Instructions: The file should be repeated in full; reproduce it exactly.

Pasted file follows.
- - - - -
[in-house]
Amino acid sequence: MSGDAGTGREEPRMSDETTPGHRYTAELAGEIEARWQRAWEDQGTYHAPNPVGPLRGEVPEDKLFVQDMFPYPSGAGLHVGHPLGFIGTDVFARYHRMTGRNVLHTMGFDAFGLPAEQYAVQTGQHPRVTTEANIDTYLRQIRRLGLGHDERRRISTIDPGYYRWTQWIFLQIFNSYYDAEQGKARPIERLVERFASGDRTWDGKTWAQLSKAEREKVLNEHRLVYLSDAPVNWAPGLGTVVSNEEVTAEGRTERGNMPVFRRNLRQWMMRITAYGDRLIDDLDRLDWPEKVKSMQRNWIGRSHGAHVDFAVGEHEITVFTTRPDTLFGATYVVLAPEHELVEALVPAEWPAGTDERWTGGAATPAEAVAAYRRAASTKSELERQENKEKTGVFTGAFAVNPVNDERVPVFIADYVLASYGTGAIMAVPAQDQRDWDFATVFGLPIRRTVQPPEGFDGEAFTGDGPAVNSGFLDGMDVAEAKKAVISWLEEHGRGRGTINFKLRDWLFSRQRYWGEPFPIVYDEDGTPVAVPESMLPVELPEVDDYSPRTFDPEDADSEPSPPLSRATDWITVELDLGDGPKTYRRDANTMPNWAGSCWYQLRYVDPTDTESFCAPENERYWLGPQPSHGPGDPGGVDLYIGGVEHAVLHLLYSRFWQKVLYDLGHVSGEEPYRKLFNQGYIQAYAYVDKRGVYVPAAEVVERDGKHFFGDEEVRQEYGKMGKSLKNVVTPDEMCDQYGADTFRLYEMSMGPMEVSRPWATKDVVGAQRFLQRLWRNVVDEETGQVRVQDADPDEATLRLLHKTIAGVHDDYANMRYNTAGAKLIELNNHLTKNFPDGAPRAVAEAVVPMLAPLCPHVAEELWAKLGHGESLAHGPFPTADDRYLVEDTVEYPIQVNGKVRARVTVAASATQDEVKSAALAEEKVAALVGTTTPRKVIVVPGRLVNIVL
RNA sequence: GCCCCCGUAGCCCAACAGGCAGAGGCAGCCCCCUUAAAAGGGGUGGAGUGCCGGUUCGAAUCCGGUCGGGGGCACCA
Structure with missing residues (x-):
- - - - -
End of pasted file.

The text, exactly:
[in-house]
Amino acid sequence: MSGDAGTGREEPRMSDETTPGHRYTAELAGEIEARWQRAWEDQGTYHAPNPVGPLRGEVPEDKLFVQDMFPYPSGAGLHVGHPLGFIGTDVFARYHRMTGRNVLHTMGFDAFGLPAEQYAVQTGQHPRVTTEANIDTYLRQIRRLGLGHDERRRISTIDPGYYRWTQWIFLQIFNSYYDAEQGKARPIERLVERFASGDRTWDGKTWAQLSKAEREKVLNEHRLVYLSDAPVNWAPGLGTVVSNEEVTAEGRTERGNMPVFRRNLRQWMMRITAYGDRLIDDLDRLDWPEKVKSMQRNWIGRSHGAHVDFAVGEHEITVFTTRPDTLFGATYVVLAPEHELVEALVPAEWPAGTDERWTGGAATPAEAVAAYRRAASTKSELERQENKEKTGVFTGAFAVNPVNDERVPVFIADYVLASYGTGAIMAVPAQDQRDWDFATVFGLPIRRTVQPPEGFDGEAFTGDGPAVNSGFLDGMDVAEAKKAVISWLEEHGRGRGTINFKLRDWLFSRQRYWGEPFPIVYDEDGTPVAVPESMLPVELPEVDDYSPRTFDPEDADSEPSPPLSRATDWITVELDLGDGPKTYRRDANTMPNWAGSCWYQLRYVDPTDTESFCAPENERYWLGPQPSHGPGDPGGVDLYIGGVEHAVLHLLYSRFWQKVLYDLGHVSGEEPYRKLFNQGYIQAYAYVDKRGVYVPAAEVVERDGKHFFGDEEVRQEYGKMGKSLKNVVTPDEMCDQYGADTFRLYEMSMGPMEVSRPWATKDVVGAQRFLQRLWRNVVDEETGQVRVQDADPDEATLRLLHKTIAGVHDDYANMRYNTAGAKLIELNNHLTKNFPDGAPRAVAEAVVPMLAPLCPHVAEELWAKLGHGESLAHGPFPTADDRYLVEDTVEYPIQVNGKVRARVTVAASATQDEVKSAALAEEKVAALVGTTTPRKVIVVPGRLVNIVL
RNA sequence: GCCCCCGUAGCCCAACAGGCAGAGGCAGCCCCCUUAAAAGGGGUGGAGUGCCGGUUCGAAUCCGGUCGGGGGCACCA
Structure with missing residues (x-):